Monday, April 2, 2012

The Strip Search Case

Well, folks, this blog is supposed to involve me telling you why the law's not as crazy as it seems - unless it is. This is one of those "unless it is" situations. Today, the Supreme Court actually did decide that anyone being detained in the general population of a jail may be strip searched, without reasonable suspicion.

The case is Florence v. Board of Chosen Freeholders of Country Burlington et. al, and it's one of the scariest I've seen in a long time. When I saw this New York Times article about it, I laughed at the headline, "Supreme Court Ruling Allows Strip-Searches For Any Offense."  I assumed this was an alarmist overstatement. Unfortunately, it's really not...probably.

Essentially, it went like this: Justice Kennedy, writing for the majority (along with Scalia, Roberts and Alito, and Thomas - except he dissented from one part), basically explains that cops can't know who might or might not have contraband, lice, diseases, and gang tattoos (really?) before they're put into the general population, and so they'll never be able to separate the dangerous from the non-dangerous. That means they can't be forced to restrict their searches to situations where they have "reasonable suspicion" (which is the usual test for, say, pulling someone over while driving) that the arrestee is hiding something.  The Court, he thinks, can't get too involved with the nuances of how the state runs its jails, or it'll risk tying cops' hands too much. The officers of the law know more than the Court about how this stuff works, so they shouldn't interfere with decisions like this. The opinion also points out that there are a lot of previous cases saying things like this. Here's a characteristic quote:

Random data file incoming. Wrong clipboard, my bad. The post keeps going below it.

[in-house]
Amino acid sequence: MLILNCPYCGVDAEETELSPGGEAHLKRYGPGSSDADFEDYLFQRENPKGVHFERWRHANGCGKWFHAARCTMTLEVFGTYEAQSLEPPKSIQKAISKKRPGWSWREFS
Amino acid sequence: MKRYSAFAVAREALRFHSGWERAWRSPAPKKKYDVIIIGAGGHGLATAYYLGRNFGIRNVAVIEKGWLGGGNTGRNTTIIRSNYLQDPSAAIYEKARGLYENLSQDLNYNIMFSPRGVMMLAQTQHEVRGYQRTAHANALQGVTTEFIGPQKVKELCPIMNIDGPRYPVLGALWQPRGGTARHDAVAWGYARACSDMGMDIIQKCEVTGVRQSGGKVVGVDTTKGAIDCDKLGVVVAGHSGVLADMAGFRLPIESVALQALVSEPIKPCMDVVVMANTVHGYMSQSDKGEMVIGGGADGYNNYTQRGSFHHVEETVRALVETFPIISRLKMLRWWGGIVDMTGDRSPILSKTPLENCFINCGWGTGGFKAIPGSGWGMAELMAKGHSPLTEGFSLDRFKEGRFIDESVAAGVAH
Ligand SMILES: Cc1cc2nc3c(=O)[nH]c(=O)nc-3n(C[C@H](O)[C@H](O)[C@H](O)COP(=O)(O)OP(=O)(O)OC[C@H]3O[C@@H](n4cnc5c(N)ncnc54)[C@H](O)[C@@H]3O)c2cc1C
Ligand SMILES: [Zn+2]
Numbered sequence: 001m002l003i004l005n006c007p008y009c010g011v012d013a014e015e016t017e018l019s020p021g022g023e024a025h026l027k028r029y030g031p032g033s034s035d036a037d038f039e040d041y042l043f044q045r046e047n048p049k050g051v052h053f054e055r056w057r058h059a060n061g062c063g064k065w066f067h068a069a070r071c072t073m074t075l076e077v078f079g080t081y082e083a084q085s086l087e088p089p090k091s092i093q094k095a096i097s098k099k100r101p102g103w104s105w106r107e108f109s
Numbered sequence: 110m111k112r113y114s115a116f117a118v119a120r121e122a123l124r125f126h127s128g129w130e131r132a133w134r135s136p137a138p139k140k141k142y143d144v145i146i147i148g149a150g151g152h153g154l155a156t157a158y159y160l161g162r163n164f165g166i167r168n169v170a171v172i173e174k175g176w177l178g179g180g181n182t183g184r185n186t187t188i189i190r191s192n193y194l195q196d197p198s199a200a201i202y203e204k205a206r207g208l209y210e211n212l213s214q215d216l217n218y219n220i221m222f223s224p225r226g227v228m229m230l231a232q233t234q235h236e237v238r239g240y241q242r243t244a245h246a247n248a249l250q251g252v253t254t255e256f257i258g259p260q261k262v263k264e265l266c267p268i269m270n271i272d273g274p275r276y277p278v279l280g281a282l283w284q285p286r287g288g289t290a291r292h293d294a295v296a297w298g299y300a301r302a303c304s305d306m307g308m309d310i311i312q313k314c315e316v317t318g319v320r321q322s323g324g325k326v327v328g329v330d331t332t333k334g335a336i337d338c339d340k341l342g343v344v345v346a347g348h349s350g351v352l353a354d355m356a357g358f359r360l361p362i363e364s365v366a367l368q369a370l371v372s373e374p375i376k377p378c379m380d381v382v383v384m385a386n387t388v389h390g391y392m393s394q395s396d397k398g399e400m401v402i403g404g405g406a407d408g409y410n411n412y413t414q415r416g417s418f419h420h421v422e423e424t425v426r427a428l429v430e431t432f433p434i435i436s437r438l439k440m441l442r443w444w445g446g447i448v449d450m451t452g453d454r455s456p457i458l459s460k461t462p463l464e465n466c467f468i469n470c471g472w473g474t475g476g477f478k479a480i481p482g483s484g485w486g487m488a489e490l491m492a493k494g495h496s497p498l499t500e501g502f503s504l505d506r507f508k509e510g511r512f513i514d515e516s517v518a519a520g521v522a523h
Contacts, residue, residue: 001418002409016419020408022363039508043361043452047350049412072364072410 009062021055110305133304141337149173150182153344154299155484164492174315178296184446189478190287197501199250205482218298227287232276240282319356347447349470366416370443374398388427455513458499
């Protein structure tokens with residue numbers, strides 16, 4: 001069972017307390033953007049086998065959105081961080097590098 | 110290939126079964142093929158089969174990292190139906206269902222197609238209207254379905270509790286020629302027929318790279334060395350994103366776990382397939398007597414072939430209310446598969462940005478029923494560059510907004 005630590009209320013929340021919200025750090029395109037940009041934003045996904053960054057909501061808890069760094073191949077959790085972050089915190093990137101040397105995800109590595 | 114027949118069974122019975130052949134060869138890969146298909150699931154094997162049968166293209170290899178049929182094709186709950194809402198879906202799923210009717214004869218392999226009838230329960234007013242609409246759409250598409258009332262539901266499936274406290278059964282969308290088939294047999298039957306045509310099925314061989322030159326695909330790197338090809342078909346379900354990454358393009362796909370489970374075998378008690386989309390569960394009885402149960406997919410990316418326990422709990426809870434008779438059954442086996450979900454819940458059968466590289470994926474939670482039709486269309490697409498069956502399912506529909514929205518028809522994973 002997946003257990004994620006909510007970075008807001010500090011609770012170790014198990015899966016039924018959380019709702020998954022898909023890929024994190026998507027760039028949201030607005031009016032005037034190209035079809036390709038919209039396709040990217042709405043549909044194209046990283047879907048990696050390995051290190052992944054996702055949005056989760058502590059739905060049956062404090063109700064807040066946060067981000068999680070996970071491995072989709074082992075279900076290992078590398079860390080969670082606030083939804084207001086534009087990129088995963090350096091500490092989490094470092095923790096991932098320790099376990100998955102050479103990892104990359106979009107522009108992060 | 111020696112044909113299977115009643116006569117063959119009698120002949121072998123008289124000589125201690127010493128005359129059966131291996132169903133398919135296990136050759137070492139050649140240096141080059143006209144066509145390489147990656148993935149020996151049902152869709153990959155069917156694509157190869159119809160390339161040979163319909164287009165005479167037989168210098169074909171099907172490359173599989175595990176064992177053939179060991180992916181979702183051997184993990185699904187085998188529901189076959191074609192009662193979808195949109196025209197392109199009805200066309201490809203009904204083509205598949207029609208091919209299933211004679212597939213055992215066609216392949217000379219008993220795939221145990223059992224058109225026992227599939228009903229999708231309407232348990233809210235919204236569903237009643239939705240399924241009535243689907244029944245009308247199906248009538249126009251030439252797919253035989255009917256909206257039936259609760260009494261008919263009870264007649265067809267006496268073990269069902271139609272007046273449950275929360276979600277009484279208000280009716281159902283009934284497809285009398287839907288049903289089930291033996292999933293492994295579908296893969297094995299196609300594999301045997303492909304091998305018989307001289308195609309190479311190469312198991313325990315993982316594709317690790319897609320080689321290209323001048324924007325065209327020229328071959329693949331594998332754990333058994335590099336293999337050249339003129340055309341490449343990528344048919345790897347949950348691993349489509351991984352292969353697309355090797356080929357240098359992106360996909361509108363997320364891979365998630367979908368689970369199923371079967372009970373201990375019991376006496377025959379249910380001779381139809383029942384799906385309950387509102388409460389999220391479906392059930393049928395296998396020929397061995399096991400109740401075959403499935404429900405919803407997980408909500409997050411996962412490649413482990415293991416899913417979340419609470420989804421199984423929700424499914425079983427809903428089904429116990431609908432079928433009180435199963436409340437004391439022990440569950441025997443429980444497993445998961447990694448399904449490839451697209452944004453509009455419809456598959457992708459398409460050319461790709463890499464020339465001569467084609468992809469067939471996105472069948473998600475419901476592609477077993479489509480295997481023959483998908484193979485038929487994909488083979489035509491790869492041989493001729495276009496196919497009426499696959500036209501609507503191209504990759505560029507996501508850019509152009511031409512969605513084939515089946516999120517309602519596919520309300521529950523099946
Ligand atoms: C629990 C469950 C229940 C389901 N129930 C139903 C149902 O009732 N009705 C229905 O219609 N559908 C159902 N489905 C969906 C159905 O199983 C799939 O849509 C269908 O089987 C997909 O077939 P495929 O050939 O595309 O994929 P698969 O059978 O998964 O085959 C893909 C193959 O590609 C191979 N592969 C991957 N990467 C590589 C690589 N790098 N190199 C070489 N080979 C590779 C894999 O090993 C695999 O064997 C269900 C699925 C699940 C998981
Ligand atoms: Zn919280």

The officials in charge of the jails in this case urge the Court to reject any complicated constitutional     scheme requiring them to conduct less thorough inspections of some detainees based on their behavior,suspected offense, criminal history, and other factors. They offer significant reasons why the Constitution must not prevent them from conducting the same search on any suspected offender who will be admitted to the general population in their facilities. The restrictions suggested by petitioner would limit the intrusion on the privacy of some detainees but at the risk of increased danger to everyone in the facility, including the less serious offenders themselves.

The dissent, written by Justice Breyer (and unsurprisingly joined by Ginsburg, Kagan, and Sotomayor) sees things very differently (and very much more the way I do, which I'm sure you can tell from my tone here). Effectively, it says, WTF? Have you not heard of the Fourth Amendment, guys? It goes on to describe how invasive strip searches can be (hint: very) and gives statistics from the many amicus briefs about how many strip searches are performed over time - tens of thousands over the course of about five years- versus how many times contraband, etc. is actually found - about two or three. It reminds the majority that prisoners have constitutional rights too, and "reasonable suspicion" is the limitation we've drawn on the authority of the police to search folks. Here's a good quote from this one:

Even when carried out in a respectful manner, and even absent any physical touching . . . such searches are inherently harmful, humiliating, and degrading. And the harm to privacy interests would seem particularly acute where the person searched may well have no expectation of being subject to such a search, say, because she had simply received a traffic ticket for failing to buckle a seatbelt, because he had not previously paid a civil fine, or because she had been arrested for a minor trespass . . . . I have found no convincing reason indicating that, in the absence of reasonable suspicion, involuntary strip searches of those arrested for minor offenses are necessary in order to further the penal interests mentioned. And there are strong reasons to believe they are not justified.